The sleeves - I was still messing around with the ribbing so I did two ribbing sections and put them on my garter bar.  Reading ahead in the pattern I realized I could probably stay with the intarsia carriage and knit both sleeves at the same time. 

I hung the two sleeve ribbing sections far enough apart to accommodate the increases on the arm section of the sleeve and off I went laying the yarn across the needles on each section separately and knitting across. 

Again when it came to the decreasing sections, whatever I did on one sleeve, I did on the other - so the sleeves are absolutely identical.  Again this worked great and I definitely do this again.

I am really impressed with the ease of using the two carriages to make this little sweater once the tension was the same on both.  As far as the ribbing situation, I think I'll go back to doing my ribbing last instead first as the finished edge is somewhat more attractive.  Also I have always used an e-wrap cast on for rib ~ may try a crochet cast on and see how that works.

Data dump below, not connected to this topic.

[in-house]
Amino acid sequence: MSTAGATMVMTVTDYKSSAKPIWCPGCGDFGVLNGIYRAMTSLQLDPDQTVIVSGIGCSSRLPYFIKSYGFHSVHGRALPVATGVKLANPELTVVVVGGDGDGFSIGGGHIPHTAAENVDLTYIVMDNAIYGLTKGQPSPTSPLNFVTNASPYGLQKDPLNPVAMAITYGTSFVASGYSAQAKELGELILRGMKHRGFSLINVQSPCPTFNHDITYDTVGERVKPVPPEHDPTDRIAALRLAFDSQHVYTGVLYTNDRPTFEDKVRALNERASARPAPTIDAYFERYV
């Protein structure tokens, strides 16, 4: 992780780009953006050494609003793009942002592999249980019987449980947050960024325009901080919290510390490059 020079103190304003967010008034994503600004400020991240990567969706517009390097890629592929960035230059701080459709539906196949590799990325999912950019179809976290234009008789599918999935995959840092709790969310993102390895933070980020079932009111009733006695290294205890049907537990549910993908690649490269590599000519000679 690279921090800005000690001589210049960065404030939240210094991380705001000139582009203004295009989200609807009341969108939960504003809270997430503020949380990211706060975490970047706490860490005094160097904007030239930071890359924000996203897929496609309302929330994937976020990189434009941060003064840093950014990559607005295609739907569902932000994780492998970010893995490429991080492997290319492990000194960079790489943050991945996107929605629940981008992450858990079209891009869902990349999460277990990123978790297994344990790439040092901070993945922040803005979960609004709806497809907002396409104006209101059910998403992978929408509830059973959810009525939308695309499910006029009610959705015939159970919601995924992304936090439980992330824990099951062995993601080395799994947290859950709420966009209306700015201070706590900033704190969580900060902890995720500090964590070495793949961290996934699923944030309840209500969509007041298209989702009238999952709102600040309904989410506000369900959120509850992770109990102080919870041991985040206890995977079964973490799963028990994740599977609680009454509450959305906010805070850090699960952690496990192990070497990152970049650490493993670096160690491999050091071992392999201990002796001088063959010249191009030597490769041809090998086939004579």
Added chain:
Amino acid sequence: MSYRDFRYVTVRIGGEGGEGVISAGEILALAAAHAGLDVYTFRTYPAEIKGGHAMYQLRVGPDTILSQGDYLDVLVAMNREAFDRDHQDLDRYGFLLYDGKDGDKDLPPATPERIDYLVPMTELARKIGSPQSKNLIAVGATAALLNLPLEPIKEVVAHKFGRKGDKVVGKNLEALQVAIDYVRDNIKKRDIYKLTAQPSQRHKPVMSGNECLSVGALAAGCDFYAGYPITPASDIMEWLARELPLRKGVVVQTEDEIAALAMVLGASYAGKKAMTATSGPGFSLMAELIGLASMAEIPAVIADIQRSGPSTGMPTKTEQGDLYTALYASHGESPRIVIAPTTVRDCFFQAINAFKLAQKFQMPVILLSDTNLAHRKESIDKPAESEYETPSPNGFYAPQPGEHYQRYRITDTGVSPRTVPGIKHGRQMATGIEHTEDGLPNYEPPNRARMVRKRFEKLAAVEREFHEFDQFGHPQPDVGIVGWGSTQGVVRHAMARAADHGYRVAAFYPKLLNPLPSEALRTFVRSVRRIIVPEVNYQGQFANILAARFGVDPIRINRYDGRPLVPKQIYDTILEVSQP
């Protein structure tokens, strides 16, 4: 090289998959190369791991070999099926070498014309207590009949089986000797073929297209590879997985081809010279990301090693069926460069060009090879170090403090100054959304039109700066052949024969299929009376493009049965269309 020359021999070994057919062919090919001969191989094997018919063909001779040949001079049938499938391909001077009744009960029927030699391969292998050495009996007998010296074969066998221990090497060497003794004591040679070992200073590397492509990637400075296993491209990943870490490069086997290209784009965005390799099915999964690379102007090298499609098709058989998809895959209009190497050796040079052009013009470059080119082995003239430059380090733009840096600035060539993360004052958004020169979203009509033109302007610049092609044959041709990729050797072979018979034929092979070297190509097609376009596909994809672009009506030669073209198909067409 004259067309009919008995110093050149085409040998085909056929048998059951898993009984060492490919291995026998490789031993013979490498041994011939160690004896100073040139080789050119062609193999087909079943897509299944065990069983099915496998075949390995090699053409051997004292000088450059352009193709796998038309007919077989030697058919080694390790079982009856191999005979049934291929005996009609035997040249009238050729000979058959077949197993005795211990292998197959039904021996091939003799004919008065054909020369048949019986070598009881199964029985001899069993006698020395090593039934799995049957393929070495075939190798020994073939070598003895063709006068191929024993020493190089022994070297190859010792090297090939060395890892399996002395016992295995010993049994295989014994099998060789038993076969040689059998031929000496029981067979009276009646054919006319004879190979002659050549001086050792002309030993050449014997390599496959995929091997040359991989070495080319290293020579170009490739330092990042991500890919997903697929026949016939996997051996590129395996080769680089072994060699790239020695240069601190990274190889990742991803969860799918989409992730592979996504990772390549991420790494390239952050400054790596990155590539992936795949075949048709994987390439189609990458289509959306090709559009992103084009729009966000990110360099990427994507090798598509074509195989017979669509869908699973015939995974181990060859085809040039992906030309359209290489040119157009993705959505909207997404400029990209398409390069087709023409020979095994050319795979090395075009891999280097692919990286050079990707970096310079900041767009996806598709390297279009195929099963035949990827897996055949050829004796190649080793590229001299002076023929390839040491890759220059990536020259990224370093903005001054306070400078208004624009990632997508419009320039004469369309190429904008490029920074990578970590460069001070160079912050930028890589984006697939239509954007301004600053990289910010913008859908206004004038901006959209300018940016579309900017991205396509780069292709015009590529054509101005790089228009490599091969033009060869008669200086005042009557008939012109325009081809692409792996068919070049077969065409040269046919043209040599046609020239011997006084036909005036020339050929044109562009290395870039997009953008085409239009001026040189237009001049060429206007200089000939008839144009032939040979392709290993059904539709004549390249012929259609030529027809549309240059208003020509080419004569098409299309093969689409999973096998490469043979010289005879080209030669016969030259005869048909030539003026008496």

Off to Project 6!

Wednesday, June 6, 2012

Project #4 done! - Actually it is a Vest.....

Just finished the little cabled front vest this afternoon.  Again this was done on my LK 150 mid-gauge as I'm spending as much time as I can out on my deck knitting.  I did a rolled neck but decided to rib the armholes but maybe another time I would just do a single crochet around that area for a lighter look.   Still have some yellow yarn left - may make a baby sweater and hat with what I have left - that may be Project #5.....

 Here are the photos of Project # 4:

Knitting on the Deck

The deck has a roof so I'm protected from the hot sun and the past couple of days there has been a lovely breeze with the temperatures in the low 70's which is just great for outdoor knitting.